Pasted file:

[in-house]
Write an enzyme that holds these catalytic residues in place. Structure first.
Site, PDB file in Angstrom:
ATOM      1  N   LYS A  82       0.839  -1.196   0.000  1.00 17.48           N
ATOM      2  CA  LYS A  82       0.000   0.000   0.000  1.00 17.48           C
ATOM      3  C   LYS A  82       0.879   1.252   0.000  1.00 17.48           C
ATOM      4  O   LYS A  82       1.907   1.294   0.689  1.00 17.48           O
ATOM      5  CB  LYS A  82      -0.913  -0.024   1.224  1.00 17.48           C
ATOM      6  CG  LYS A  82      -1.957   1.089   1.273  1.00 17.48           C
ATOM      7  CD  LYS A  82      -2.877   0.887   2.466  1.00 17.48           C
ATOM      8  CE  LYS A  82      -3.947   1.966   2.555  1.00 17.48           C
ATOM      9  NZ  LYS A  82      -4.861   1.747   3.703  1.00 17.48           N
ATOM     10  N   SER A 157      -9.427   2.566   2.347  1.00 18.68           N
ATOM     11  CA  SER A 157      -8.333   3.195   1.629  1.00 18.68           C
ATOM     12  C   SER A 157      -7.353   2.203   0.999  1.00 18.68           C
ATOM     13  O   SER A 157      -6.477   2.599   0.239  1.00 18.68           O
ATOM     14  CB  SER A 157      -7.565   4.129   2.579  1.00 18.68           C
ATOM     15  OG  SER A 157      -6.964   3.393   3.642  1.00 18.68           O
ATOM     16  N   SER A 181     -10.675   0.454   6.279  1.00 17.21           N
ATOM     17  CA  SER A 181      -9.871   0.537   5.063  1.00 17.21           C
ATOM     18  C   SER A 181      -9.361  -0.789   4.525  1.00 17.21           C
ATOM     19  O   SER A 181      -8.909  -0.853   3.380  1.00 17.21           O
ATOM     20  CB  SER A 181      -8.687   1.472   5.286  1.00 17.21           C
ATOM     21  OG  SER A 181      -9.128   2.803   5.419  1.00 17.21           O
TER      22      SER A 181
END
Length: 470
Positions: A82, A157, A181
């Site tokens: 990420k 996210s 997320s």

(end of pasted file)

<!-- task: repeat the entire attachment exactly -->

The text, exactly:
[in-house]
Write an enzyme that holds these catalytic residues in place. Structure first.
Site, PDB file in Angstrom:
ATOM      1  N   LYS A  82       0.839  -1.196   0.000  1.00 17.48           N
ATOM      2  CA  LYS A  82       0.000   0.000   0.000  1.00 17.48           C
ATOM      3  C   LYS A  82       0.879   1.252   0.000  1.00 17.48           C
ATOM      4  O   LYS A  82       1.907   1.294   0.689  1.00 17.48           O
ATOM      5  CB  LYS A  82      -0.913  -0.024   1.224  1.00 17.48           C
ATOM      6  CG  LYS A  82      -1.957   1.089   1.273  1.00 17.48           C
ATOM      7  CD  LYS A  82      -2.877   0.887   2.466  1.00 17.48           C
ATOM      8  CE  LYS A  82      -3.947   1.966   2.555  1.00 17.48           C
ATOM      9  NZ  LYS A  82      -4.861   1.747   3.703  1.00 17.48           N
ATOM     10  N   SER A 157      -9.427   2.566   2.347  1.00 18.68           N
ATOM     11  CA  SER A 157      -8.333   3.195   1.629  1.00 18.68           C
ATOM     12  C   SER A 157      -7.353   2.203   0.999  1.00 18.68           C
ATOM     13  O   SER A 157      -6.477   2.599   0.239  1.00 18.68           O
ATOM     14  CB  SER A 157      -7.565   4.129   2.579  1.00 18.68           C
ATOM     15  OG  SER A 157      -6.964   3.393   3.642  1.00 18.68           O
ATOM     16  N   SER A 181     -10.675   0.454   6.279  1.00 17.21           N
ATOM     17  CA  SER A 181      -9.871   0.537   5.063  1.00 17.21           C
ATOM     18  C   SER A 181      -9.361  -0.789   4.525  1.00 17.21           C
ATOM     19  O   SER A 181      -8.909  -0.853   3.380  1.00 17.21           O
ATOM     20  CB  SER A 181      -8.687   1.472   5.286  1.00 17.21           C
ATOM     21  OG  SER A 181      -9.128   2.803   5.419  1.00 17.21           O
TER      22      SER A 181
END
Length: 470
Positions: A82, A157, A181
């Site tokens: 990420k 996210s 997320s």